Review 227: Avatar – Hunter Gatherer – English

Day 2 - 8 - Avatar

I’m ready to bet you heard about Avatar in the past, don’t you?

After a dazzling popularity growth, Hunter Gatherer, the Swede’s eight album, is finally out. Founded in 2001 by John Alfredsson (drums) and Jonas “Kungen” Jarlsby (guitar), the band is joined by Johannes Michael Gustaf Eckerström (vocals) and Henrik Sandelin (bass). They play Melodic Death Metal and begin to release demos and albums, but we have to wait until 2012 with Tim Öhrström (guitar) for the line-up to be the one we know now. Adding more and more Nu Metal influences and a royal visual style, nothing can stop them.

Precisely defining Avatar’s music is a tough exercise. The band have many influences, and they are all violent, melodic and groovy, just like Silence In The Age of Apes, the first song, can prove it. A snoring bass and drums meet riffs that recall the band’s early influences with those visceral howlings with sometimes backing vocals. Colossus stays in this Nu Metal wave with samples, bassdrops and then a solid and military rhythm part. The vocalist’s clean and worrying vocals comes over then we meet this interesting and catchy ambience again. The weighing but relaxing atmosphere of A Secret Door allow us to discover or rediscover this aspect of the band’s universe before coming back to more aggressive parts, and it is this schizophrenic contrast that we love. A calm that calls the storm, named God of Sick Dreams. The introduction is oppressive, and we are literally bludgeoned by the swedes’ firepower. Between clean vocals and screams, the sound is greasy and catchy. While we talk about catchy sound, Scream Until You Wake is the next one, and it’s another flood of this melting of sharp harmonics, groovy rhythmic and mesmerising vocals.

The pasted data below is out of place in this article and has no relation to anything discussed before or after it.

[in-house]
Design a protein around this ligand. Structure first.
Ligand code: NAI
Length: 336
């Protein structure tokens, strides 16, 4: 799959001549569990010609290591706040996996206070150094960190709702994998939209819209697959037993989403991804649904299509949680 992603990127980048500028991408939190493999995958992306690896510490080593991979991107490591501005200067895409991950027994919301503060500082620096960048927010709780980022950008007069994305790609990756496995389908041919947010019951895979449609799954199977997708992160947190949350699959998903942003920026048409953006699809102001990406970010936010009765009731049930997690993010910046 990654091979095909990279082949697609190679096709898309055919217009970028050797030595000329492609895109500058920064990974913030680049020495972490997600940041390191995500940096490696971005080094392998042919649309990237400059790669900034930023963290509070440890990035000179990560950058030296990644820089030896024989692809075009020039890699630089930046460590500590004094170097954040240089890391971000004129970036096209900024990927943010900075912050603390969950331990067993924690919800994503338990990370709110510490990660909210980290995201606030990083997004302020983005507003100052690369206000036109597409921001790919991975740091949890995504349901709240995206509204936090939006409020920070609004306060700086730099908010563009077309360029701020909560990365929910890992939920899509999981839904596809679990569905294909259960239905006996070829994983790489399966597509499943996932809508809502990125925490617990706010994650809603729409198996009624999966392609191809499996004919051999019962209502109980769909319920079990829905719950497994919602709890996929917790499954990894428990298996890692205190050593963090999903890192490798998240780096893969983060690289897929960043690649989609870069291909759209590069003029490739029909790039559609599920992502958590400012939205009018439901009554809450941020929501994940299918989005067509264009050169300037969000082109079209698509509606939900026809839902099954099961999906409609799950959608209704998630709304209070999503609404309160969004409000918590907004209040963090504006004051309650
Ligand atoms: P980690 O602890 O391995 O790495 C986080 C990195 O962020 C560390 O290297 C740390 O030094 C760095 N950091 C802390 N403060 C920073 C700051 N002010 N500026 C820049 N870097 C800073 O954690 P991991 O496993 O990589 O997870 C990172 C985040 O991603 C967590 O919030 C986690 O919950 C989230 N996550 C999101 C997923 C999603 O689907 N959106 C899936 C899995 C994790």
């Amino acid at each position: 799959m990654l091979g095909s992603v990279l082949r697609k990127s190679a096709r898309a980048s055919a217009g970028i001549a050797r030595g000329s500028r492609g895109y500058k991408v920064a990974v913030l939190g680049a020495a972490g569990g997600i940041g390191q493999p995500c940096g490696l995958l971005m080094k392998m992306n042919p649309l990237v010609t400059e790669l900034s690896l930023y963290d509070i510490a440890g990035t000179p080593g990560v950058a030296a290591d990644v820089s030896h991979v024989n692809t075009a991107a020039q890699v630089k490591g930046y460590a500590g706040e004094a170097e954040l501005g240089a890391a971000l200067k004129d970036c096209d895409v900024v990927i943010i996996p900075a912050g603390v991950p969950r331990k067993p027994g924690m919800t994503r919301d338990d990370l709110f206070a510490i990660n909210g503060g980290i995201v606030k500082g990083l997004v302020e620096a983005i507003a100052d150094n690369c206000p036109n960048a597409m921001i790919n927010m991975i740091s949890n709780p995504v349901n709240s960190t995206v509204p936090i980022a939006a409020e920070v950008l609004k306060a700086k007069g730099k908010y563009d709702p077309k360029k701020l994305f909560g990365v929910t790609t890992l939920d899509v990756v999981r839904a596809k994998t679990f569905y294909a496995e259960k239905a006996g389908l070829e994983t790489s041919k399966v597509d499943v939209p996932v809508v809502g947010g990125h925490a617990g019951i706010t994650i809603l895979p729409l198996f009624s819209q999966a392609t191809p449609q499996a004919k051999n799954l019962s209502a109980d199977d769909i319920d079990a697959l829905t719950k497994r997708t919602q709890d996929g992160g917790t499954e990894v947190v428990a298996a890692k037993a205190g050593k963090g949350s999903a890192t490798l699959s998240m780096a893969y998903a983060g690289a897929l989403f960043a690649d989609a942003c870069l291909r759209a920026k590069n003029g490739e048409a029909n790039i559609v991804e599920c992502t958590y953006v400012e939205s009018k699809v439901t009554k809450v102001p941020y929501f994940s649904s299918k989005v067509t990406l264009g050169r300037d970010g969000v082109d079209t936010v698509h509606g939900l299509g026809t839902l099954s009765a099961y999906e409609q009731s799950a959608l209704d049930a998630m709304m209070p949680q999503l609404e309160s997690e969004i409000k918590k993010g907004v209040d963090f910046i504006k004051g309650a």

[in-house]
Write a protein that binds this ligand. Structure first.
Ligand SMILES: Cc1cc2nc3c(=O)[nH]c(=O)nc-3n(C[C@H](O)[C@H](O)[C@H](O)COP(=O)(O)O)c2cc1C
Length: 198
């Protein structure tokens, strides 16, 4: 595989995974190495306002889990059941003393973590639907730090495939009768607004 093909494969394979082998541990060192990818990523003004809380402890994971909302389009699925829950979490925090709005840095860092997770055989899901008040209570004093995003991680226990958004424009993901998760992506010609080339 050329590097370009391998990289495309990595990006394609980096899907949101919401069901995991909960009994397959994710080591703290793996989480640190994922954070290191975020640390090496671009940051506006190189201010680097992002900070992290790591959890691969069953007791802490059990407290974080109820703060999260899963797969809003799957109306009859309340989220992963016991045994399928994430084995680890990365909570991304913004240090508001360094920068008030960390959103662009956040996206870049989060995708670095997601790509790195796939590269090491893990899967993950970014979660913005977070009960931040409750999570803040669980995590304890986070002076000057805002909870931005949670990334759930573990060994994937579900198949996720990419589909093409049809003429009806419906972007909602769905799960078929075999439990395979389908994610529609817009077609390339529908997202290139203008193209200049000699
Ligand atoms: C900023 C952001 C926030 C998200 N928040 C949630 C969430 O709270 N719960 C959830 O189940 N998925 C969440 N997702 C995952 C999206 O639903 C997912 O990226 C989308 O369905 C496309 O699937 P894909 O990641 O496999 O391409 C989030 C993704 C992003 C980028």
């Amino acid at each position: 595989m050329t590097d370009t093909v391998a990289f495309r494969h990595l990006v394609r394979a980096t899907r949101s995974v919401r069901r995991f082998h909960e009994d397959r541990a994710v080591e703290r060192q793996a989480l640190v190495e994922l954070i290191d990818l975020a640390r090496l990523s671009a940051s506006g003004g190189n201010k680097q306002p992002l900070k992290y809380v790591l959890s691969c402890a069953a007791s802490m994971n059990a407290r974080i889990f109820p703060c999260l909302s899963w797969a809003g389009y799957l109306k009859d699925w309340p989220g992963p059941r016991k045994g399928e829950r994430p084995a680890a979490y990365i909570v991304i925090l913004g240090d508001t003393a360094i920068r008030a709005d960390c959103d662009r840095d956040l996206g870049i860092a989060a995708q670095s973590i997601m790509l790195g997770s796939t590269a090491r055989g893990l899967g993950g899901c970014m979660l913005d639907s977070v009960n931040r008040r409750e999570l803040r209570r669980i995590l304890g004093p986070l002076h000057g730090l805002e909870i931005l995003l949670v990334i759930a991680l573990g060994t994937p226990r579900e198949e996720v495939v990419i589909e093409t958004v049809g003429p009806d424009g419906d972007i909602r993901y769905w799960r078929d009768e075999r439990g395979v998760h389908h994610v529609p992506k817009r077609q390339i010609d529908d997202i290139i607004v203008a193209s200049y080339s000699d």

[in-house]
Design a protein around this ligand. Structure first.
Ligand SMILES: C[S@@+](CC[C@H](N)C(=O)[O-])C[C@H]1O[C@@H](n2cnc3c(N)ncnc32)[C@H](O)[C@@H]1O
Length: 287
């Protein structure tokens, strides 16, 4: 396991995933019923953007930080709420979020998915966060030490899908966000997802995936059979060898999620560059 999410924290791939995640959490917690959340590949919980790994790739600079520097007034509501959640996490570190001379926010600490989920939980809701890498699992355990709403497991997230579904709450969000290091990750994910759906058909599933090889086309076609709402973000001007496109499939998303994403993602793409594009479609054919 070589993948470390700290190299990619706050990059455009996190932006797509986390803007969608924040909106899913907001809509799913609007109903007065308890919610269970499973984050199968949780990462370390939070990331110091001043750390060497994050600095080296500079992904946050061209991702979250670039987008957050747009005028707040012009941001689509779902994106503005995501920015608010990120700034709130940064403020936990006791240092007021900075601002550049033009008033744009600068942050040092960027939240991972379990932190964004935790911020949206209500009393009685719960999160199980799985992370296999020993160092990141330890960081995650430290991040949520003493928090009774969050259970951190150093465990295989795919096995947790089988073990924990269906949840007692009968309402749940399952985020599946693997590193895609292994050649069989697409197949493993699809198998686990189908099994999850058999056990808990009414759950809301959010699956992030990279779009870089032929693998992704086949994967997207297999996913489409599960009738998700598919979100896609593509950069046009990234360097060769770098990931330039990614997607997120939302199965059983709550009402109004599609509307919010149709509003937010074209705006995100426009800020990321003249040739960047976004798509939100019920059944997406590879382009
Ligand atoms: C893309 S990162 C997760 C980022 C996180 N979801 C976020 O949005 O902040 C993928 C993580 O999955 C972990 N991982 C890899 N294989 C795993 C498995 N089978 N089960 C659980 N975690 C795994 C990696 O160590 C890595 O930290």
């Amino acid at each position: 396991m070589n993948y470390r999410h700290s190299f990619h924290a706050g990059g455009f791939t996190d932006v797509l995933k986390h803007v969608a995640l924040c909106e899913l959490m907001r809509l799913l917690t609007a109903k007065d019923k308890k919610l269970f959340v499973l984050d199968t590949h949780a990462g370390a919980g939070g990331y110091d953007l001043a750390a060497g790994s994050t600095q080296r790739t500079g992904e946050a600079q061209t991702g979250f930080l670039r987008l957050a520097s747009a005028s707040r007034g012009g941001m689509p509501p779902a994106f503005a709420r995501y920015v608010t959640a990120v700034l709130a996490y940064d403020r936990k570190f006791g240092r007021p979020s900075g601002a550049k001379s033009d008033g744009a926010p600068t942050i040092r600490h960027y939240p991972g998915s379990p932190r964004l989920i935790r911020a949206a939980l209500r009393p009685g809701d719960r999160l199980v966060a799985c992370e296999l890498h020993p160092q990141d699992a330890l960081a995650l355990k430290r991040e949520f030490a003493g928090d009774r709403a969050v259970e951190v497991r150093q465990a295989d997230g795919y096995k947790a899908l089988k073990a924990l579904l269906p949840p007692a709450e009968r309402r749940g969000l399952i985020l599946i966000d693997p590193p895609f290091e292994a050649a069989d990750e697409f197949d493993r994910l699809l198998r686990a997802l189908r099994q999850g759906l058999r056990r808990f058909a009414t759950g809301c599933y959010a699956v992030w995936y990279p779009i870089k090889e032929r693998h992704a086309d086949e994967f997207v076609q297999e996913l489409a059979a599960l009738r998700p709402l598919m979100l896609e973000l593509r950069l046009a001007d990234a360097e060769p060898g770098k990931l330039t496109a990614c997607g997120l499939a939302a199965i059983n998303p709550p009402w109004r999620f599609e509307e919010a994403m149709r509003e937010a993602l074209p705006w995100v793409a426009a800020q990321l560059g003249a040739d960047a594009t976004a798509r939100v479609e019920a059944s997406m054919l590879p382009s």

We go back to a worrying range with Child, a disturbing song that stays in mid-joyful mid-heavy sounds while sometimes releasing the band’s fury. The chorus is surprising but federative. The band goes back in this warlike rhythmic full of groovy harmonics for Justice, a song with an important contrast, between cutting riffs overcomed by visceral screams, soft chorus and clean vocals that melts for Heavy Metal parts, disturbing whispers… some kind of creative madness that picks from everywhere. A piano introduction for Gun, a strange track that let the vocalist tell us his story. We are waiting for an explosion, but it doesn’t come, even if some chords join the duo on the end. We come back to a more classical composition with When All But Force Has Failed, a more energetic and catchy song as the band perfectly knows how to create. We find this fury into the singer’s screams, but also in the rhythmic. Last song, Wormhole is a melting between dissonance and pure violence, that will only be break by a clean singing vocals, but it still keeps this characteristic intensity.

While remaining on their own style, Avatar achieved once again to surprise us. Hunter Gatherer is a melting of its creators’ complex personality, and makes us swim from an aggressive rhythmic to soft parts. The band’s madness is fully unleashed, and it can be hard to follow the musicians.


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